This first issue of Occupy America is called “Counter-Attacks.” Oftentimes critiques fall short, failing to provide viable alternatives. This issue examines alternatives that attempt to structure society in a more just manner.
Our extended feature is Leo Zimmerman’s article, which unearths contradictions at the heart of Occupy Baltimore and examines them in light of the Occupations in general. Leo lived in Occupy Baltimore from its founding to its dissolution. From his unique perspective he suggests difficulties Occupy faced as well as new ways of coming together.
Prashanth Kamalakanthan examines how Occupy is regrouping. Turning from the tactic of occupying public space, Prashanth argues the 99% can find a common tie in debt resistance, which exposes the inequality at the heart of our current system.
Nate Gorelick turns to Canada to find a recent example of a massively successful Occupy style protest against tuition hikes. The protest ballooned into a people’s referendum on austerity measures and saw solidarity triumph over the 1%, as government officials resigned in disgrace.
My own article examines participatory budgeting, a horizontally democratic method for allocating government funds that is beginning to catch on in the United States. I argue that participatory budgeting offers a unique way for activists to engage the state productively while retaining a critical distance, offering the possibility for more systemic changes in the future.
We hope you find this issue engaging, and thank you for your time.
The Occupy movement used a narrative of we the people struggling against them the elite: 99% against 1%. This story began with the people coming to occupy Wall Street, the headquarters of the wealthy. Some demanded reform, calling on Washington to slow down New York’s unchecked financial activities. Others wanted to change the capitalist system …Continue Reading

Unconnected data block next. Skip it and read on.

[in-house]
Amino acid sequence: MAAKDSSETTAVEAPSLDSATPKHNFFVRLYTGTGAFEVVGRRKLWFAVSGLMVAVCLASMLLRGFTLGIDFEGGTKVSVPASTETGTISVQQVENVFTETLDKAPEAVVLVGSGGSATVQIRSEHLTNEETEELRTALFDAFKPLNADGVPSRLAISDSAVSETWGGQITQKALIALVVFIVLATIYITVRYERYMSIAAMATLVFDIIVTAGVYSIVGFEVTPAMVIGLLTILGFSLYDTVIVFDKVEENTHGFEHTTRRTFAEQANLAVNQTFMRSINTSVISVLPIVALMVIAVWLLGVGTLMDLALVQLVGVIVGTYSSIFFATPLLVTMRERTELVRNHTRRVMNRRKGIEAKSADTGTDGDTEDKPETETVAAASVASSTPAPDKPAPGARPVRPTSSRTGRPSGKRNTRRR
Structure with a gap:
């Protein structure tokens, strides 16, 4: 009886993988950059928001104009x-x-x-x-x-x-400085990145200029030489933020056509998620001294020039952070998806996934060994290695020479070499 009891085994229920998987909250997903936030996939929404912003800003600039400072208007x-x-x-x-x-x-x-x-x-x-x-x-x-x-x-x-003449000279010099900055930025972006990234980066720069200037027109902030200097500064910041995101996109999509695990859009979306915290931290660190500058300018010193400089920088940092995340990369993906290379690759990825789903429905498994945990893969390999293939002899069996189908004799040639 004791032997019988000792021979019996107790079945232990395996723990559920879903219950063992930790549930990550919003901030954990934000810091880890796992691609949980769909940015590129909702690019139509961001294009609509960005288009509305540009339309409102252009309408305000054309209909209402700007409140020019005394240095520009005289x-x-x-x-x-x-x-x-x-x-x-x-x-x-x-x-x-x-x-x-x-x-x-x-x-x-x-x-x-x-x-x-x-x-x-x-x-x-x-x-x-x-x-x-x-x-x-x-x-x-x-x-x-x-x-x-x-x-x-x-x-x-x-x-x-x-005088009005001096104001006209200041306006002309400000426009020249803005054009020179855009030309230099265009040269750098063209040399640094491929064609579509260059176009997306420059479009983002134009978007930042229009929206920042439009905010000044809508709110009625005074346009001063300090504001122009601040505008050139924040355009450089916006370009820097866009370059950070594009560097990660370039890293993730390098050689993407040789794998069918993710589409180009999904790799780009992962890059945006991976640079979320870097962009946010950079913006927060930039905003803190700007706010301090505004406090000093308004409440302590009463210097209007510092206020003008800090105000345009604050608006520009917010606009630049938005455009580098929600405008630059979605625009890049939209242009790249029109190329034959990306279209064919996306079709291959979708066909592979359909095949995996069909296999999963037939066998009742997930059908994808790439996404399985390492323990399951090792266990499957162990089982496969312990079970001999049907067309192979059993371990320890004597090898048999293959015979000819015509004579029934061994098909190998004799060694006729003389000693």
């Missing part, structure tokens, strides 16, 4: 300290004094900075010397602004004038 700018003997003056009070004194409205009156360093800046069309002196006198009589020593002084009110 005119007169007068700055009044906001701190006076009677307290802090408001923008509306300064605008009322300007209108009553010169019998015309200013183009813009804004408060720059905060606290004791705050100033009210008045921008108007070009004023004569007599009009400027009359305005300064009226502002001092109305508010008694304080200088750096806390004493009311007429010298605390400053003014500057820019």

From Los Angeles to Philadelphia, overnight raids on Occupy encampments and mass arrests of protesters late last year highlighted the reality of police repression in America but also hinted at the possibility for a new chapter in Occupy’s young history. Occupy Wall Street captured the world’s imagination last year by uniting the left under the …Continue Reading
The provincial government’s troubles began when it announced that it would increase university tuition 82 percent over the next five years, or $254 per year. The ensuing student strike quickly mushroomed into a general protest against the increasingly corporatist ideology of the Quebec Cabinet. The local campaign involved both students and faculty from post-secondary schools …Continue Reading
On one side, protesters aligned with truth, justice, and freedom (or danger, disorder, and violence). On the other, police aligned with repression, inequality, and fascism (or order, rule of law, and safety). In the middle, a barricade divides the two. This somewhat romantic picture of Absolute Good and Absolute Evil underlies many assumptions we have …Continue Reading